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BLITZER: And joining us now from Cairo, Senator John McCain and Senator Lindsey Graham.
Senators, thanks to both of you for joining us. Lots to discuss.
But I want to start with Syria first. Very much on the minds of a lot of folks. Are you both saying that the United States should now start arming the opposition to President Bashar al Assad, the rebel forces in Syria?
Senator McCain, first to you.
SEN. JOHN MCCAIN (R), ARIZONA: What we're saying is that there should be no option left off the table. The massacre goes on. There's risk of stalemate.
Hezbollah is in Iran -- excuse me, in Syria. The Iranians are there. The Russians are supplying with arms. And the massacre goes on.
There's lots of ways of getting weapons and assistance to the resistance there besides the United States direct shipment of arms. There's a contact group that the United States is joining with in Tunisia this Friday and I believe they need medical, technical and all kinds of assistance and every option should be on the table, including the way to get weapons to them.
I would remind you that we intervened in Bosnia and Kosovo because massacres were taking place. A massacre is taking place in Syria today and with all options need to be on the table.
BLITZER: Senator Graham, General Martin Dempsey, the new chairman of the Joint Chiefs, he raised some concerns, saying maybe this is premature right now in an interview with our own Fareed Zakaria. Among other things, General Dempsey said there's indications that al Qaeda is involved and that they're interested in supporting the opposition.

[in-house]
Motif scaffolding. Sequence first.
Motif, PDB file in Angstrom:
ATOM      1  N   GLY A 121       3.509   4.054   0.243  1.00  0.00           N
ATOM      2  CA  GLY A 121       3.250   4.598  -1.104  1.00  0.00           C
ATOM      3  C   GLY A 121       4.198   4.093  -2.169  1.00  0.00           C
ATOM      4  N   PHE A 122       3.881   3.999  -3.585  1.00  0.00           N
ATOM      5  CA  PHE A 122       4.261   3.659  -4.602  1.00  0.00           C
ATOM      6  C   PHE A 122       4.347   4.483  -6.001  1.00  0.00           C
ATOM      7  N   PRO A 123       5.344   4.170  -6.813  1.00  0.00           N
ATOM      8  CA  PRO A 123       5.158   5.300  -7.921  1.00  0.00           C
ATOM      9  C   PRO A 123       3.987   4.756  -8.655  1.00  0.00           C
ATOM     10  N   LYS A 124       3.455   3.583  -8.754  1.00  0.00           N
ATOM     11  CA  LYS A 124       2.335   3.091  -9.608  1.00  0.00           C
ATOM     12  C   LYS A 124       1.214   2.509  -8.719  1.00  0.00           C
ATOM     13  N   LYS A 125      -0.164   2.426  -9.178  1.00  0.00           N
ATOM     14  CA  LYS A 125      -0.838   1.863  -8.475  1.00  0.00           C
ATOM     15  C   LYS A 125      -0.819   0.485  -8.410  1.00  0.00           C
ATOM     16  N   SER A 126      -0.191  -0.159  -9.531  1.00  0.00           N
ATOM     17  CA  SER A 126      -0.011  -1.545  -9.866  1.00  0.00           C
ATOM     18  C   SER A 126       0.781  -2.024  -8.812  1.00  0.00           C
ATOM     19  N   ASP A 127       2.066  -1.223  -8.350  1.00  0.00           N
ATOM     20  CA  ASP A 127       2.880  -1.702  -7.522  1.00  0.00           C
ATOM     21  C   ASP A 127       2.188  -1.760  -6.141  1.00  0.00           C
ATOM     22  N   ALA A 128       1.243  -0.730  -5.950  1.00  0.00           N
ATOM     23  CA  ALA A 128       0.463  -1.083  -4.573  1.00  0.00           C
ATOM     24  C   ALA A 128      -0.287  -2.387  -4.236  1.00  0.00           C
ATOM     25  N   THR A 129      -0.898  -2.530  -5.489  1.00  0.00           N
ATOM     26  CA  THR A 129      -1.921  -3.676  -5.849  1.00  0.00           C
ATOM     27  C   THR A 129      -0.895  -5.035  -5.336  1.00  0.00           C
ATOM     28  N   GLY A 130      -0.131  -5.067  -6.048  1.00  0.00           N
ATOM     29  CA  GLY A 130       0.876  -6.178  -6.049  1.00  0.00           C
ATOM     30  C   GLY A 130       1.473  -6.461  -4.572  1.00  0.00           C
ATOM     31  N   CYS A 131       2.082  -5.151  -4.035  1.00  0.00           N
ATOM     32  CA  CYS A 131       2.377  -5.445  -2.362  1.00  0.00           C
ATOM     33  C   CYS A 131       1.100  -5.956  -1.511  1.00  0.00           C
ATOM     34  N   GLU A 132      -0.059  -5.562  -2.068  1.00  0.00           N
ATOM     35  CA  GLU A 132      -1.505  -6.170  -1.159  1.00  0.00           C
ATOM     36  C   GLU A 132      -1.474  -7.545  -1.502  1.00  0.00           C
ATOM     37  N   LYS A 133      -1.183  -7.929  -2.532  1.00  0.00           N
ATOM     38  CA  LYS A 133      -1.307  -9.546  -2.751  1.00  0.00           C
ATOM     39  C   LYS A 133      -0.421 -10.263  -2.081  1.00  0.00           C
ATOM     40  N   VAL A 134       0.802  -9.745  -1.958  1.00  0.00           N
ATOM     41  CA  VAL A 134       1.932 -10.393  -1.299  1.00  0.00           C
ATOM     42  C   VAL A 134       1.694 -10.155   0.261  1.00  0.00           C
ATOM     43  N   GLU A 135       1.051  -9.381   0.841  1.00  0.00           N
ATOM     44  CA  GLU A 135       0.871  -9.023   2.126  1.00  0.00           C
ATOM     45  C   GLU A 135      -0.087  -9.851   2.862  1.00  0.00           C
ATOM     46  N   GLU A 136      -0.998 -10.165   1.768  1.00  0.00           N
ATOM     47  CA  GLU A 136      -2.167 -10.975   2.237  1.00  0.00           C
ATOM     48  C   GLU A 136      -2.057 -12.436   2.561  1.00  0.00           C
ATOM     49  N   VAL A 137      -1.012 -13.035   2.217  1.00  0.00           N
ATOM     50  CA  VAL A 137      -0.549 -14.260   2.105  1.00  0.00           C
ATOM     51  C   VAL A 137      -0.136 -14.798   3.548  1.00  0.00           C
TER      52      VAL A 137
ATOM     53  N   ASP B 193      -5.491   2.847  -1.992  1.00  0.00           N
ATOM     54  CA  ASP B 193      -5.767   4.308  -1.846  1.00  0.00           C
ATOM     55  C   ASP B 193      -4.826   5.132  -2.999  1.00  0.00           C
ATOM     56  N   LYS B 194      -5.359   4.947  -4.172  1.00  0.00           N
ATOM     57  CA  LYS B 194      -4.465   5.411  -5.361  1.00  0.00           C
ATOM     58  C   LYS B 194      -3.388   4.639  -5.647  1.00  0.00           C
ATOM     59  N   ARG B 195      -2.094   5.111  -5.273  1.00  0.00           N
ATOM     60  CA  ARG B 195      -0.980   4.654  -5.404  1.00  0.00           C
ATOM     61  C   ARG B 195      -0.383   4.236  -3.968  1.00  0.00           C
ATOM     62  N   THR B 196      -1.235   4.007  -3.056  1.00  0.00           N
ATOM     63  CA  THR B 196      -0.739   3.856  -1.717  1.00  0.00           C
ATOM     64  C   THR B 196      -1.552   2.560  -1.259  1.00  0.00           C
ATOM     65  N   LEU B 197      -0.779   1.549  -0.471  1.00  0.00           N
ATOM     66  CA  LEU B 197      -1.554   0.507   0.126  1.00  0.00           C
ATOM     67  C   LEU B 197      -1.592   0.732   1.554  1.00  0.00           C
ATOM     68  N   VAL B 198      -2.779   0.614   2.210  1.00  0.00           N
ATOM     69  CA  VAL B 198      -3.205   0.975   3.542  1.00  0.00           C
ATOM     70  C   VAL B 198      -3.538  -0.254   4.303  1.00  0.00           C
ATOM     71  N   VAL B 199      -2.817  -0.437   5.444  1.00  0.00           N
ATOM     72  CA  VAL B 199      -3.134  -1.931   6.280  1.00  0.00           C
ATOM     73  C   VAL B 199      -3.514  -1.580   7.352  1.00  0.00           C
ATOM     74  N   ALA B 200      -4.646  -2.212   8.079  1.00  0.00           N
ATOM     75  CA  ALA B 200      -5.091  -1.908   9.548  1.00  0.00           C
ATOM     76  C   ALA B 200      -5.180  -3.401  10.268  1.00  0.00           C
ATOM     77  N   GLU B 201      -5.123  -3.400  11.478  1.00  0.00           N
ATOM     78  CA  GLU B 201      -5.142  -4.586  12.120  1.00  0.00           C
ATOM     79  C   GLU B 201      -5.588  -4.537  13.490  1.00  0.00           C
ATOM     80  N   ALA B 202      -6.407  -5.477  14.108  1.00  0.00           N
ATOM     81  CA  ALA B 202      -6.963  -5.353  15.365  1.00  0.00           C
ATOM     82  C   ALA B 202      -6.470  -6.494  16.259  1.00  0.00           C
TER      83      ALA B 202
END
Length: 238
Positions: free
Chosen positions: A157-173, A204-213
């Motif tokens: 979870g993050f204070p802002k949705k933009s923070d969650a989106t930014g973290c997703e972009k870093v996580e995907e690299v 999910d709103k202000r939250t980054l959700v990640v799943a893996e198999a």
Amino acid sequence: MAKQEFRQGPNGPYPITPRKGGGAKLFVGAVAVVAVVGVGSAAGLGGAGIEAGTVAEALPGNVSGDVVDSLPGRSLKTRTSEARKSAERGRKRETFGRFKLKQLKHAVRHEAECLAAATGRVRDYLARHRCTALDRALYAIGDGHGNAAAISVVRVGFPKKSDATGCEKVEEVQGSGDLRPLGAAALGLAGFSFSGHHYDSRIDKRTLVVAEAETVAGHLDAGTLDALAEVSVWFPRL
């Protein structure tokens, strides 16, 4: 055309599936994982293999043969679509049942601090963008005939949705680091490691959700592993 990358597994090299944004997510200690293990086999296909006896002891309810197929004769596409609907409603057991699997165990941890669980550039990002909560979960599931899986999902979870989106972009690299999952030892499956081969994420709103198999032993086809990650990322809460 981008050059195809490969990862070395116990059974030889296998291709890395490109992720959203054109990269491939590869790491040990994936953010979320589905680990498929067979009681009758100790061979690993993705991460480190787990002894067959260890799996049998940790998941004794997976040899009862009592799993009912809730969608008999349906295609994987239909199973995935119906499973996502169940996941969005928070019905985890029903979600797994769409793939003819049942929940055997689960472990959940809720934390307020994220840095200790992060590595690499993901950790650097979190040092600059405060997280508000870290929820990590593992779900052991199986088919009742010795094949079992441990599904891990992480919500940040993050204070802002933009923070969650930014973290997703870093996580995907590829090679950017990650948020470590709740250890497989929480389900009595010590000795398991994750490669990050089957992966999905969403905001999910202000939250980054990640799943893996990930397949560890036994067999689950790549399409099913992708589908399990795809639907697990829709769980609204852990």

If the U.S. were to provide arms or others for that matter, friends of the U.S. provide arms, how worried would you be that they might get into the hands of al Qaeda?
SEN. LINDSEY GRAHAM (R), SOUTH CAROLINA: Well, number one, I think it's in our national security interests to break Syria away from Iran. And I do believe that al Qaeda tries to fill vacuums wherever they exist.
But I don't buy the narrative that the Syrian people are risking their lives and that they're appearing on CNN every night -- your network is doing a good job -- to become a branch of al Qaeda. So, yes, I'm worried about al Qaeda trying to fill in vacuums.
I do believe as Senator McCain said, it's in our national interests to get Assad out. The Arab League has spoken boldly. The idea of trying to arm the opposition forces needs to be considered very much considered.
And at the end of the day, what happens in Syria really can change the course of the Mid East and I do hope we can break them away from Iran. But you know, General Dempsey is a fine man.
But when he said that he thought the Iranians were rational actors, I just want to go on record. I don't think it's rational for a country to try to kill the Saudi Arabian ambassador in a restaurant in Washington.
I don't see what Iran is doing is being rational. I see it as being dangerous and so that's why we need to make sure Syria ends well.
BLITZER: Senator McCain, let me follow-up on Iran for a moment because it looks now like the U.S. is trying to discourage Israel from launching any sort of pre-emptive military strike to try to take out or weaken Iran's nuclear potential out there.
Comments from General Dempsey now Tom Donalin, the president's national security adviser is in Israel meeting with Israeli officials. What do you know about this? Is this smart to try to discourage Israel right now from taking military action?